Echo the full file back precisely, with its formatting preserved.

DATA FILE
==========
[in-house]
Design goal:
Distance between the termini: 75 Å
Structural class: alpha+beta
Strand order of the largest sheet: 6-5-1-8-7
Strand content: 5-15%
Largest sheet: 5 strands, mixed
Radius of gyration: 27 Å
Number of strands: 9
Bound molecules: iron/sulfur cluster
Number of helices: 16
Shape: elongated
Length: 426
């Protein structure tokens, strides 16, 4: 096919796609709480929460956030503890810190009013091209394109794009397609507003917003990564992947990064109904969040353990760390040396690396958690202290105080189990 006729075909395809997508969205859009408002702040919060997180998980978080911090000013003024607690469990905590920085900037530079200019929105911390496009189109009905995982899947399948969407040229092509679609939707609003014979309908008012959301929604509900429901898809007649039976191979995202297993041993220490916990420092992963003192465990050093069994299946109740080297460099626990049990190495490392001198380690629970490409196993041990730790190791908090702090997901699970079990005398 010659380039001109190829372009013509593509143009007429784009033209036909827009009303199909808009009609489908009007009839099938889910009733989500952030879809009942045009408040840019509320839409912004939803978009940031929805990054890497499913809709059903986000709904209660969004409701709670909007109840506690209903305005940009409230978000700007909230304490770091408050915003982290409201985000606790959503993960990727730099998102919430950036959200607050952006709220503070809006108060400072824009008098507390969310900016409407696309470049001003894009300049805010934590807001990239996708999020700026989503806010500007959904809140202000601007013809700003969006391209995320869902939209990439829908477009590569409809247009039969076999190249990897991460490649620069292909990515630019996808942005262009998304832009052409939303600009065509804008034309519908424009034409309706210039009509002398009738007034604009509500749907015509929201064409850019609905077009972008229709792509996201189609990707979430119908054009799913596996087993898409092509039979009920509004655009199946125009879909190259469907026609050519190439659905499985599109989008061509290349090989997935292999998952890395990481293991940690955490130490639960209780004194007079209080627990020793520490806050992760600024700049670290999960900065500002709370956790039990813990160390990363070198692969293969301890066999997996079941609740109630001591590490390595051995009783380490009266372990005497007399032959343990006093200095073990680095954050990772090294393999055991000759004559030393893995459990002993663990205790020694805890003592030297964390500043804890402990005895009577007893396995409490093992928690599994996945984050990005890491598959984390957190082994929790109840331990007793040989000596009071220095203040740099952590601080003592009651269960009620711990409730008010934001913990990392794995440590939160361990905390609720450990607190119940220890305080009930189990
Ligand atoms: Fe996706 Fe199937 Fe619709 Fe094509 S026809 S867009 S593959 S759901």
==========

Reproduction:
[in-house]
Design goal:
Distance between the termini: 75 Å
Structural class: alpha+beta
Strand order of the largest sheet: 6-5-1-8-7
Strand content: 5-15%
Largest sheet: 5 strands, mixed
Radius of gyration: 27 Å
Number of strands: 9
Bound molecules: iron/sulfur cluster
Number of helices: 16
Shape: elongated
Length: 426
């Protein structure tokens, strides 16, 4: 096919796609709480929460956030503890810190009013091209394109794009397609507003917003990564992947990064109904969040353990760390040396690396958690202290105080189990 006729075909395809997508969205859009408002702040919060997180998980978080911090000013003024607690469990905590920085900037530079200019929105911390496009189109009905995982899947399948969407040229092509679609939707609003014979309908008012959301929604509900429901898809007649039976191979995202297993041993220490916990420092992963003192465990050093069994299946109740080297460099626990049990190495490392001198380690629970490409196993041990730790190791908090702090997901699970079990005398 010659380039001109190829372009013509593509143009007429784009033209036909827009009303199909808009009609489908009007009839099938889910009733989500952030879809009942045009408040840019509320839409912004939803978009940031929805990054890497499913809709059903986000709904209660969004409701709670909007109840506690209903305005940009409230978000700007909230304490770091408050915003982290409201985000606790959503993960990727730099998102919430950036959200607050952006709220503070809006108060400072824009008098507390969310900016409407696309470049001003894009300049805010934590807001990239996708999020700026989503806010500007959904809140202000601007013809700003969006391209995320869902939209990439829908477009590569409809247009039969076999190249990897991460490649620069292909990515630019996808942005262009998304832009052409939303600009065509804008034309519908424009034409309706210039009509002398009738007034604009509500749907015509929201064409850019609905077009972008229709792509996201189609990707979430119908054009799913596996087993898409092509039979009920509004655009199946125009879909190259469907026609050519190439659905499985599109989008061509290349090989997935292999998952890395990481293991940690955490130490639960209780004194007079209080627990020793520490806050992760600024700049670290999960900065500002709370956790039990813990160390990363070198692969293969301890066999997996079941609740109630001591590490390595051995009783380490009266372990005497007399032959343990006093200095073990680095954050990772090294393999055991000759004559030393893995459990002993663990205790020694805890003592030297964390500043804890402990005895009577007893396995409490093992928690599994996945984050990005890491598959984390957190082994929790109840331990007793040989000596009071220095203040740099952590601080003592009651269960009620711990409730008010934001913990990392794995440590939160361990905390609720450990607190119940220890305080009930189990
Ligand atoms: Fe996706 Fe199937 Fe619709 Fe094509 S026809 S867009 S593959 S759901």